Saturday, March 15, 2008

Thrifty homemaking in The Tale of Two Cities

I used to just be a plain, dorky kind of nerd. Bookish, opinionated, rumpled. I liked to think that I became a alternative, articulate, intentional kind of nerd. Now I am additionally a homemaker. I have mixed feelings about being this. Homemaking may not help my image. I associate the word with frumpiness, doting, and provinciality. But there is also a wonderful alchemy in homemaking.
May I share some unexpected gems from one of our recent reads, Dicken's The Tale of Two Cities?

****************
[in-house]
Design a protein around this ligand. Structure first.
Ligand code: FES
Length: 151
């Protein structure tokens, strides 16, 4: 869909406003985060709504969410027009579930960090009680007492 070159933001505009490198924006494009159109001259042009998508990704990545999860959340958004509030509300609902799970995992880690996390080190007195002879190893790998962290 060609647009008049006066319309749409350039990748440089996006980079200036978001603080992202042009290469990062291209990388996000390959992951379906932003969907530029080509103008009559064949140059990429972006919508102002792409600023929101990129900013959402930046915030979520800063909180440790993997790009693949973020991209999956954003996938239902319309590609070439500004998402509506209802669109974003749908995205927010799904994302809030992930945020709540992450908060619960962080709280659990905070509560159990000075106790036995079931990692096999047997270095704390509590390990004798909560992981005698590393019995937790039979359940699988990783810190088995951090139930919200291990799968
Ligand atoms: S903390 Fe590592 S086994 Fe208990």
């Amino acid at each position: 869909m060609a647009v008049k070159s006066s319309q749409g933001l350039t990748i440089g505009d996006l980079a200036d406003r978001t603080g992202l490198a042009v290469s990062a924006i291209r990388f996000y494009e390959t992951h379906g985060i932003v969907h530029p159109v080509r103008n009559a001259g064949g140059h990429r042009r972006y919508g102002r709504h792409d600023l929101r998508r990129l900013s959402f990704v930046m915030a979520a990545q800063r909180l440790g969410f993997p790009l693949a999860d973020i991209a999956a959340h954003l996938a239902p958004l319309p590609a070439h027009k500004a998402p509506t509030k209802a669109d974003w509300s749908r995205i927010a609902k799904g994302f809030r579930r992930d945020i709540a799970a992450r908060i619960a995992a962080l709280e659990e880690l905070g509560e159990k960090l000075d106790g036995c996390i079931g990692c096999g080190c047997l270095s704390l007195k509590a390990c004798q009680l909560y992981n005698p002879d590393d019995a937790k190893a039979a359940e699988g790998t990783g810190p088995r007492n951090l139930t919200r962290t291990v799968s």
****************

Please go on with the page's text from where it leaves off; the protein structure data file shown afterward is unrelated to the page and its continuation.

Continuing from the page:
On the enigmatic Miss Pross, that vociferously loyal maid of our main characters: "From these decayed sons and daughters of Gaul [her forebearers], she had acquired such wonderful arts, that the woman and girl who formed the staff of domestics regarded her as quite a Sorceress, or Cinderella's Godmother; who would send out for a fowl, a rabbit, a vegetable or two from the garden, and change them into anything she pleased."

On Lucie, the good one: "Nor, how the lightest echo of their united home, directed by herself with such a wise and elegant thrift that it was more abundant than any waste, was music to her."

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